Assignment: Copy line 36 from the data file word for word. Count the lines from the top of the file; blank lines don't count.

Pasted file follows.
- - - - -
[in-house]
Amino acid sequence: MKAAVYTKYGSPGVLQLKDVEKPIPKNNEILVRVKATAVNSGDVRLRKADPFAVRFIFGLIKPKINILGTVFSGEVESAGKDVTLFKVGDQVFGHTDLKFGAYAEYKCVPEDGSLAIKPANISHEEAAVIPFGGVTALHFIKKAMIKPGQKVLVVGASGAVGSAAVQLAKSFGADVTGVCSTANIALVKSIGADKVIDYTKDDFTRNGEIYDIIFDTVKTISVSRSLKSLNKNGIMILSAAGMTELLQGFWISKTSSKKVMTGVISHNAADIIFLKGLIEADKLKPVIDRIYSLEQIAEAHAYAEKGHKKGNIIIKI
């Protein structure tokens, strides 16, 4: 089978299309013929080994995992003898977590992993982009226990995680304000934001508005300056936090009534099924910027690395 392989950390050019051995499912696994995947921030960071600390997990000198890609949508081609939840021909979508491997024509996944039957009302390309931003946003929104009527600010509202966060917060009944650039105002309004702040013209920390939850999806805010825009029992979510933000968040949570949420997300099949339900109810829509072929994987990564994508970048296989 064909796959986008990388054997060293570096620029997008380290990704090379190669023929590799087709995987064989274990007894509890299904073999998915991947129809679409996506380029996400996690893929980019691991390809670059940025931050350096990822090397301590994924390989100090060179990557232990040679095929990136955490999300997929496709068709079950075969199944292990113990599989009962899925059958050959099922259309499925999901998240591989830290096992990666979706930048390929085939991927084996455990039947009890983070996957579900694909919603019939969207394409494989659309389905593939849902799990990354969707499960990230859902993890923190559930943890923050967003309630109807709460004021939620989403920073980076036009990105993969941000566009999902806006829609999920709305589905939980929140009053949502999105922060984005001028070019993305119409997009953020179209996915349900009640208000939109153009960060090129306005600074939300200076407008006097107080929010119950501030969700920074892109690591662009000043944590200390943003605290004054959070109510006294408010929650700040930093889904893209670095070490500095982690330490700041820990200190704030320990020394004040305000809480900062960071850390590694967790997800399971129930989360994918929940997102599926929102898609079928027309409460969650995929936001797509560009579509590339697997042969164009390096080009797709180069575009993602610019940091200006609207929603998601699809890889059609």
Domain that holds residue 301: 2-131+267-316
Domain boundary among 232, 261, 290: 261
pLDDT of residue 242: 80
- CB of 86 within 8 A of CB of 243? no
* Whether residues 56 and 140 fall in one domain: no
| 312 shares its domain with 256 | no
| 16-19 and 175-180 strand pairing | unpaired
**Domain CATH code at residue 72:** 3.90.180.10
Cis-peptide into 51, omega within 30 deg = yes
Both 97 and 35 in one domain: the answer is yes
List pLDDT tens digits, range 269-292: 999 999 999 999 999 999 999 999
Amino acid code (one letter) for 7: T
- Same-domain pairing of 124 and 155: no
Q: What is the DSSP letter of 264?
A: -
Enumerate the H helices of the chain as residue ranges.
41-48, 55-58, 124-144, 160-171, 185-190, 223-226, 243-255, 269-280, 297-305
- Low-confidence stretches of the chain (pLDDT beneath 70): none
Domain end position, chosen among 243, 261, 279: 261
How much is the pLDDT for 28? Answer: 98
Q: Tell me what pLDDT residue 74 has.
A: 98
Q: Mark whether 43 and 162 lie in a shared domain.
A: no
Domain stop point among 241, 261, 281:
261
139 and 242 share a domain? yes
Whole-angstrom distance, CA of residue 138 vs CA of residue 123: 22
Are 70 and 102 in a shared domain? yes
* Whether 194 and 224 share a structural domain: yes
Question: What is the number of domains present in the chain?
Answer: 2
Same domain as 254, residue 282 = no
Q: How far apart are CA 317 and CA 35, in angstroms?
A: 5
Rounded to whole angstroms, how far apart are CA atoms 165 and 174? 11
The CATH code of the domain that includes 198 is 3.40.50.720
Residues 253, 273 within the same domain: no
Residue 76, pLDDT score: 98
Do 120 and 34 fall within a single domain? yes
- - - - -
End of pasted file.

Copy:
Same domain as 254, residue 282 = no